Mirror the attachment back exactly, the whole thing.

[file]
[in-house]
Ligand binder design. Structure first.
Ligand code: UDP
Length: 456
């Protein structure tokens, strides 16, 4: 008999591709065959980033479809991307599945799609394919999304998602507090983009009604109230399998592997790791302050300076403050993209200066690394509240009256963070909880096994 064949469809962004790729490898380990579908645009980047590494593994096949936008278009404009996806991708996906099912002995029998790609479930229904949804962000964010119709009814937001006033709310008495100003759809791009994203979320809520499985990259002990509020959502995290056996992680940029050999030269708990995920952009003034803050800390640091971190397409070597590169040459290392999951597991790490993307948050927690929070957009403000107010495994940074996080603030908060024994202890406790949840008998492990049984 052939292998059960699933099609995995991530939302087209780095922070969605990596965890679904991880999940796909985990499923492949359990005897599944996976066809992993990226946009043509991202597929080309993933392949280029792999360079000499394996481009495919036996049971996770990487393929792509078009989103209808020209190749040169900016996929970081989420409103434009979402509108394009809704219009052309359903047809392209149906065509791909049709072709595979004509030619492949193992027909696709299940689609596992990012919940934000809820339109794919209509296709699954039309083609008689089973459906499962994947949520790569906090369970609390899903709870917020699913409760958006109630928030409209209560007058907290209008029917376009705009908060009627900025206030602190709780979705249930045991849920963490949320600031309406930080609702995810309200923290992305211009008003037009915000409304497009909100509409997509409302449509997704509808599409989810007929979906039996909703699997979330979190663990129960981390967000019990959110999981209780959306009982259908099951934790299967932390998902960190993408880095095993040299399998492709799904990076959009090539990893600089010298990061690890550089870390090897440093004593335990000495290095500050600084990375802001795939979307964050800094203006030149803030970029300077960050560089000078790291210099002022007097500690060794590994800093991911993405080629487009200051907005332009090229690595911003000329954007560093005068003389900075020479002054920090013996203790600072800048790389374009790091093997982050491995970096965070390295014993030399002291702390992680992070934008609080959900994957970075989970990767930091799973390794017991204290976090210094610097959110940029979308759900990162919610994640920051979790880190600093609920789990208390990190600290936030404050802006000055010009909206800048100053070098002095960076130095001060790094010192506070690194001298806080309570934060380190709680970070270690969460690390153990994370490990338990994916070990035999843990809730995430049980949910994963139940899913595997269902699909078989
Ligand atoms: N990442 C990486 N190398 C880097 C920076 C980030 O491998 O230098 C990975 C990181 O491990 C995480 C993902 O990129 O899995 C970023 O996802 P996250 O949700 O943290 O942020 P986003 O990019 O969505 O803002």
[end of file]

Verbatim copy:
[in-house]
Ligand binder design. Structure first.
Ligand code: UDP
Length: 456
């Protein structure tokens, strides 16, 4: 008999591709065959980033479809991307599945799609394919999304998602507090983009009604109230399998592997790791302050300076403050993209200066690394509240009256963070909880096994 064949469809962004790729490898380990579908645009980047590494593994096949936008278009404009996806991708996906099912002995029998790609479930229904949804962000964010119709009814937001006033709310008495100003759809791009994203979320809520499985990259002990509020959502995290056996992680940029050999030269708990995920952009003034803050800390640091971190397409070597590169040459290392999951597991790490993307948050927690929070957009403000107010495994940074996080603030908060024994202890406790949840008998492990049984 052939292998059960699933099609995995991530939302087209780095922070969605990596965890679904991880999940796909985990499923492949359990005897599944996976066809992993990226946009043509991202597929080309993933392949280029792999360079000499394996481009495919036996049971996770990487393929792509078009989103209808020209190749040169900016996929970081989420409103434009979402509108394009809704219009052309359903047809392209149906065509791909049709072709595979004509030619492949193992027909696709299940689609596992990012919940934000809820339109794919209509296709699954039309083609008689089973459906499962994947949520790569906090369970609390899903709870917020699913409760958006109630928030409209209560007058907290209008029917376009705009908060009627900025206030602190709780979705249930045991849920963490949320600031309406930080609702995810309200923290992305211009008003037009915000409304497009909100509409997509409302449509997704509808599409989810007929979906039996909703699997979330979190663990129960981390967000019990959110999981209780959306009982259908099951934790299967932390998902960190993408880095095993040299399998492709799904990076959009090539990893600089010298990061690890550089870390090897440093004593335990000495290095500050600084990375802001795939979307964050800094203006030149803030970029300077960050560089000078790291210099002022007097500690060794590994800093991911993405080629487009200051907005332009090229690595911003000329954007560093005068003389900075020479002054920090013996203790600072800048790389374009790091093997982050491995970096965070390295014993030399002291702390992680992070934008609080959900994957970075989970990767930091799973390794017991204290976090210094610097959110940029979308759900990162919610994640920051979790880190600093609920789990208390990190600290936030404050802006000055010009909206800048100053070098002095960076130095001060790094010192506070690194001298806080309570934060380190709680970070270690969460690390153990994370490990338990994916070990035999843990809730995430049980949910994963139940899913595997269902699909078989
Ligand atoms: N990442 C990486 N190398 C880097 C920076 C980030 O491998 O230098 C990975 C990181 O491990 C995480 C993902 O990129 O899995 C970023 O996802 P996250 O949700 O943290 O942020 P986003 O990019 O969505 O803002």